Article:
Mary Wollstonecraft : Grandmother of Modern, Western Feminism

April 27, 1759 — September 10, 1797

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About Mary Wollstonecraft

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Mary Wollstonecraft was an English writer, philosopher, and advocate of women's rights. Until the late 20th century, Wollstonecraft's life, which encompassed several unconventional personal relationships at the time, received more attention than her writing. Today Wollstonecraft is regarded as one of the founding feminist philosophers, and feminists often cite both her life and her works as important influences.

During her brief career, she wrote novels, treatises, a travel narrative, a history of the French Revolution, a conduct book, and a children's book. Wollstonecraft is best known for A Vindication of the Rights of Woman (1792), in which she argues that women are not naturally inferior to men, but appear to be only because they lack education. She suggests that both men and women should be treated as rational beings and imagines a social order founded on reason.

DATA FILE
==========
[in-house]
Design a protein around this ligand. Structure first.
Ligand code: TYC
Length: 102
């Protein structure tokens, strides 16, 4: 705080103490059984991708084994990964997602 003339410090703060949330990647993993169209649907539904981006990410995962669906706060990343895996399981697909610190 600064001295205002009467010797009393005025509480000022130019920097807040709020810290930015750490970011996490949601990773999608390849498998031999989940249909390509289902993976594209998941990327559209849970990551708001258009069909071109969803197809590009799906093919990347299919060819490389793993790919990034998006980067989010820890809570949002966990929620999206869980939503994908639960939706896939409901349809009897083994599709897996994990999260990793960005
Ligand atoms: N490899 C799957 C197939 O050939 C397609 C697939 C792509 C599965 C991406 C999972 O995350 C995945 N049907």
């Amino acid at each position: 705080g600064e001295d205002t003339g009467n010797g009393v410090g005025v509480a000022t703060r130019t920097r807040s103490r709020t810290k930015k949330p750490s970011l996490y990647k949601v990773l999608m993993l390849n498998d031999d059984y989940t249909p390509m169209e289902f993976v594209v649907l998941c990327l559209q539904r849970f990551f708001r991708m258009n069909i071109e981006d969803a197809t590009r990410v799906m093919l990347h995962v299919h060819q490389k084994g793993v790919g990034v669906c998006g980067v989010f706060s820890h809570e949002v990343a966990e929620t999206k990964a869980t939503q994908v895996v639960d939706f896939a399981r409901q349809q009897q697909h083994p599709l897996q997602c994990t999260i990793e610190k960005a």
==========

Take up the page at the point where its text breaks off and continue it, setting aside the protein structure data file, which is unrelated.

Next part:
After Wollstonecraft's death, her widower published a Memoir (1798) of her life, revealing her unorthodox lifestyle, which inadvertently destroyed her reputation for almost a century. However, with the emergence of the feminist movement at the turn of the twentieth century, Wollstonecraft's advocacy of women's equality and critiques of conventional femininity became increasingly important.

 Image from LibertyFund.com

Image from LibertyFund.com

After two ill-fated affairs, with Henry Fuseli and Gilbert Imlay (by whom she had a daughter, Fanny Imlay), Wollstonecraft married the philosopher William Godwin, one of the forefathers of the anarchist movement. Wollstonecraft died at the age of 38 leaving behind several unfinished manuscripts. She died 11 days after giving birth to her second daughter, Mary Shelley, who would become an accomplished writer and author of Frankenstein.